Date of Award


Document Type


Degree Name

Doctor of Philosophy (PhD)


Computer Engineering and Sciences

First Advisor

Ronaldo Menezes

Second Advisor

Ryan Stansifer

Third Advisor

Pat Bond

Fourth Advisor

Lisa Steelman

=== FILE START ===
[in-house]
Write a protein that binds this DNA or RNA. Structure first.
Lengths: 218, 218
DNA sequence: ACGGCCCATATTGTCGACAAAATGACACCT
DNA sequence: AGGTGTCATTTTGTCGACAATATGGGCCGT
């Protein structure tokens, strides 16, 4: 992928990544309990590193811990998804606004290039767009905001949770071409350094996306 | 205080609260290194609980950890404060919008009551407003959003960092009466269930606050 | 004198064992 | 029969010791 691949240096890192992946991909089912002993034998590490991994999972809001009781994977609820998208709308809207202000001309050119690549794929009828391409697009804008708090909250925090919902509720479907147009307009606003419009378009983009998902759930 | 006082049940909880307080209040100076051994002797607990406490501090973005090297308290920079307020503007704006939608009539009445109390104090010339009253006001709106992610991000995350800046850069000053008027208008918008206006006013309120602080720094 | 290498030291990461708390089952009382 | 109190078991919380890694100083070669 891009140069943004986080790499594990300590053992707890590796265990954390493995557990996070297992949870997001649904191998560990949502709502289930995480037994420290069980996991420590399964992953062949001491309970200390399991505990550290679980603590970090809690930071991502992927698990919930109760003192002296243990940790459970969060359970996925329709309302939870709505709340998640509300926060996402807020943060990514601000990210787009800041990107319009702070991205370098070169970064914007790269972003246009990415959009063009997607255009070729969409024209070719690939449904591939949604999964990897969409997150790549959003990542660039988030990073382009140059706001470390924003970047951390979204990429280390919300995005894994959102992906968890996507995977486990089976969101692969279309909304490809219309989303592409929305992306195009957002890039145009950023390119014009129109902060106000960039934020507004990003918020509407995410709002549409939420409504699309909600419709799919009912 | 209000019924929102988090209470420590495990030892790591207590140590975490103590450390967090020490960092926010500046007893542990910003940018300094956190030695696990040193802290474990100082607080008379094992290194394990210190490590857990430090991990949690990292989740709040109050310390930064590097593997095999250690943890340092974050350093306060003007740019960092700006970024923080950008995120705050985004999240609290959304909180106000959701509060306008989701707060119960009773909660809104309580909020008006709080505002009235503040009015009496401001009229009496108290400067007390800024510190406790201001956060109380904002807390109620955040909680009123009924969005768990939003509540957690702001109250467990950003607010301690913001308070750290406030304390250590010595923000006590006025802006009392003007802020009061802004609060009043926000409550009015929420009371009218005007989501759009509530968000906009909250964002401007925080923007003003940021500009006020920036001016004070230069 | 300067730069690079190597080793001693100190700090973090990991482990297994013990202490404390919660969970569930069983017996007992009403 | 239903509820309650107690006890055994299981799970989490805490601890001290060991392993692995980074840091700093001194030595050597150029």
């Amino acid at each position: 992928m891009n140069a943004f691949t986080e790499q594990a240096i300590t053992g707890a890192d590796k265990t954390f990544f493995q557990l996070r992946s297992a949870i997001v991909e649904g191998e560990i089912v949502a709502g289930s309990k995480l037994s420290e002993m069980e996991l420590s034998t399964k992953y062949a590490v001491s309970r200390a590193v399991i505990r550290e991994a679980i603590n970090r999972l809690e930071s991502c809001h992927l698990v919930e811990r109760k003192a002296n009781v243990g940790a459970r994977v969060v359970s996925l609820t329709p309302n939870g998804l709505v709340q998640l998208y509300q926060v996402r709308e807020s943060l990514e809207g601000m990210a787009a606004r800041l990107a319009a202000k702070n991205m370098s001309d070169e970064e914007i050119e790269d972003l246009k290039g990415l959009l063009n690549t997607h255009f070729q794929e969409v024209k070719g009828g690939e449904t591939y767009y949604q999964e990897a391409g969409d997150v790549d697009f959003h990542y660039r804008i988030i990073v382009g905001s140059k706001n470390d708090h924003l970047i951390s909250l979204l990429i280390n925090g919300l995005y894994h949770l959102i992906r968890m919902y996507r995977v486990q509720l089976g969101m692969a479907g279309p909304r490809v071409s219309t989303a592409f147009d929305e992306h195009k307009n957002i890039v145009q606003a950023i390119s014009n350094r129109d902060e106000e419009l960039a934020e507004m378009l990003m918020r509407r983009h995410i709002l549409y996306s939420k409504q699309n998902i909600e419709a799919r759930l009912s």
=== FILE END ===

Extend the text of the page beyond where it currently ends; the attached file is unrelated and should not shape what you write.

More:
Online social networks (e.g., Twitter and Facebook) play a vital role in the spreading of information in today’s world. Interestingly, the spread of information is enabled by the existence of an underlying connectivity of the users. One factor influencing the online connectivity, which only recently has been receiving attention, is the language used by the user in his or her activities. The understanding of information propagation from the perspective of languages is of particular interest because we live in a world with a very diverse set of languages. Using Network Science approaches, we demonstrate that Twitter users have a strong preference to connect to people who use their own language, but more importantly, we found that this preference is stronger than the tendency to connect to people with a similar popularity level (i.e., the traditional notion of homophily). The connecting patterns between users of different languages vary considerably and such patterns shed light on the similarity of languages from a user-preference point of view. Furthermore, we unveil the “Twitter Language Network”, a connected system of many different languages, and we analyze several of its interesting characteristics. In addition, we demonstrate that the position of languages in the Twitter Language Network correlates with the social and development indicator of the language users. This dissertation presents an investigation of the language structure of Twitter, giving a better understanding of the connectivity of users in the context of their languages.


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